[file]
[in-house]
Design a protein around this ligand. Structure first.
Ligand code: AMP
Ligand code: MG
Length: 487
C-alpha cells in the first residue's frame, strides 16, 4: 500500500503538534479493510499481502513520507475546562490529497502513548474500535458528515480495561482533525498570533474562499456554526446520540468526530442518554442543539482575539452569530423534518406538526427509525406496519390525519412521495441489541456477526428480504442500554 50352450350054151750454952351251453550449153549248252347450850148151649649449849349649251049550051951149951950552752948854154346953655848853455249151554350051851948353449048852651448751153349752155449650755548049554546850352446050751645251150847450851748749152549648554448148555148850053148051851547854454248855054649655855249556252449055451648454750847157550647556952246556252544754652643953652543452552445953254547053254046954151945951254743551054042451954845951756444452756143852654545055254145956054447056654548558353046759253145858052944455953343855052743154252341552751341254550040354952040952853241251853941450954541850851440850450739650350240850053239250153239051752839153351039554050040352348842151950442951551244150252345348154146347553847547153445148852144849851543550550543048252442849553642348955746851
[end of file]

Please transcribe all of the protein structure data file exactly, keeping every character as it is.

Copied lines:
[in-house]
Design a protein around this ligand. Structure first.
Ligand code: AMP
Ligand code: MG
Length: 487
C-alpha cells in the first residue's frame, strides 16, 4: 500500500503538534479493510499481502513520507475546562490529497502513548474500535458528515480495561482533525498570533474562499456554526446520540468526530442518554442543539482575539452569530423534518406538526427509525406496519390525519412521495441489541456477526428480504442500554 50352450350054151750454952351251453550449153549248252347450850148151649649449849349649251049550051951149951950552752948854154346953655848853455249151554350051851948353449048852651448751153349752155449650755548049554546850352446050751645251150847450851748749152549648554448148555148850053148051851547854454248855054649655855249556252449055451648454750847157550647556952246556252544754652643953652543452552445953254547053254046954151945951254743551054042451954845951756444452756143852654545055254145956054447056654548558353046759253145858052944455953343855052743154252341552751341254550040354952040952853241251853941450954541850851440850450739650350240850053239250153239051752839153351039554050040352348842151950442951551244150252345348154146347553847547153445148852144849851543550550543048252442849553642348955746851